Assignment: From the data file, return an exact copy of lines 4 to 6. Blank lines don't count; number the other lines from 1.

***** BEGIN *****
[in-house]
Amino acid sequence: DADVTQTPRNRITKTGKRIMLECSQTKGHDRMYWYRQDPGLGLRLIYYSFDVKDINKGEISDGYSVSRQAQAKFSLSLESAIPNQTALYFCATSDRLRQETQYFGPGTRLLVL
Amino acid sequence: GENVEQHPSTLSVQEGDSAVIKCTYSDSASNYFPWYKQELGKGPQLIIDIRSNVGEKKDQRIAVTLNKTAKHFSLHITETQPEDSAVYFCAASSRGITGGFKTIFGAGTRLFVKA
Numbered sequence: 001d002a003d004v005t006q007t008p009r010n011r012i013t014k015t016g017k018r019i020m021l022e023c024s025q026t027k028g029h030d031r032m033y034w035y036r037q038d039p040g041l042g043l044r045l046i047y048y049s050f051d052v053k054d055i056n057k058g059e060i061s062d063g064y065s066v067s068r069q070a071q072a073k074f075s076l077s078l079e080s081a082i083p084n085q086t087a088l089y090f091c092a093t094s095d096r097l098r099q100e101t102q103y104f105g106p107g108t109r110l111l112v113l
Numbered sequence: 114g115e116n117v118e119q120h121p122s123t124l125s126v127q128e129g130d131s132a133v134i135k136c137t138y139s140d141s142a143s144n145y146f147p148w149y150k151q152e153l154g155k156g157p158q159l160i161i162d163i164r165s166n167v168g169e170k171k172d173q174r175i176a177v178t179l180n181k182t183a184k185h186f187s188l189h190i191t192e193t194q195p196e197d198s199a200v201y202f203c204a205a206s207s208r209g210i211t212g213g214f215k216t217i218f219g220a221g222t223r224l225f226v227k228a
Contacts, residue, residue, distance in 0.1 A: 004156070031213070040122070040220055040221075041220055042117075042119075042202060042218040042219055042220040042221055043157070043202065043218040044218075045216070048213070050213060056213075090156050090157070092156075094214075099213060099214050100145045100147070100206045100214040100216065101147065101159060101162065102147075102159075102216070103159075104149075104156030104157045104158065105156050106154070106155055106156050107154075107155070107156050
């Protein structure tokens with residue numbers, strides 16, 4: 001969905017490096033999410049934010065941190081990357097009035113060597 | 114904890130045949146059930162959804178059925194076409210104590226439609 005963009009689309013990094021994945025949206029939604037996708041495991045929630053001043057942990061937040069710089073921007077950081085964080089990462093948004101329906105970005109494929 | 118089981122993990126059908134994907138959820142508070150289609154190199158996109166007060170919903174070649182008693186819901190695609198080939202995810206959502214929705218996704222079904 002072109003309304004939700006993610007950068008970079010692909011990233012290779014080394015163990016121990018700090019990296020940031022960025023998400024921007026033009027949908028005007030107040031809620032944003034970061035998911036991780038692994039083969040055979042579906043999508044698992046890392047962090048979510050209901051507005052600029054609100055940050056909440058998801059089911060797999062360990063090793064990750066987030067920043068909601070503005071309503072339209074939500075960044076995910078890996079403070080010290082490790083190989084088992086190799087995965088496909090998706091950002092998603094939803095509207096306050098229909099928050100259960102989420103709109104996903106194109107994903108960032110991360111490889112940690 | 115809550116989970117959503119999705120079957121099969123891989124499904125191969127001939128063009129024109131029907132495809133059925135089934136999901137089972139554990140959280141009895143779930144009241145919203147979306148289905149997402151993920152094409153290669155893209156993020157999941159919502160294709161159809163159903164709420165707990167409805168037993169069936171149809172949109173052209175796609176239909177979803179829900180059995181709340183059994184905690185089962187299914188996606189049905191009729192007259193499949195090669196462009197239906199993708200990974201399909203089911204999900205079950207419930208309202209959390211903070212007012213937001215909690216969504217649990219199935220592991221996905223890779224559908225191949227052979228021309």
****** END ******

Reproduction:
Numbered sequence: 001d002a003d004v005t006q007t008p009r010n011r012i013t014k015t016g017k018r019i020m021l022e023c024s025q026t027k028g029h030d031r032m033y034w035y036r037q038d039p040g041l042g043l044r045l046i047y048y049s050f051d052v053k054d055i056n057k058g059e060i061s062d063g064y065s066v067s068r069q070a071q072a073k074f075s076l077s078l079e080s081a082i083p084n085q086t087a088l089y090f091c092a093t094s095d096r097l098r099q100e101t102q103y104f105g106p107g108t109r110l111l112v113l
Numbered sequence: 114g115e116n117v118e119q120h121p122s123t124l125s126v127q128e129g130d131s132a133v134i135k136c137t138y139s140d141s142a143s144n145y146f147p148w149y150k151q152e153l154g155k156g157p158q159l160i161i162d163i164r165s166n167v168g169e170k171k172d173q174r175i176a177v178t179l180n181k182t183a184k185h186f187s188l189h190i191t192e193t194q195p196e197d198s199a200v201y202f203c204a205a206s207s208r209g210i211t212g213g214f215k216t217i218f219g220a221g222t223r224l225f226v227k228a
Contacts, residue, residue, distance in 0.1 A: 004156070031213070040122070040220055040221075041220055042117075042119075042202060042218040042219055042220040042221055043157070043202065043218040044218075045216070048213070050213060056213075090156050090157070092156075094214075099213060099214050100145045100147070100206045100214040100216065101147065101159060101162065102147075102159075102216070103159075104149075104156030104157045104158065105156050106154070106155055106156050107154075107155070107156050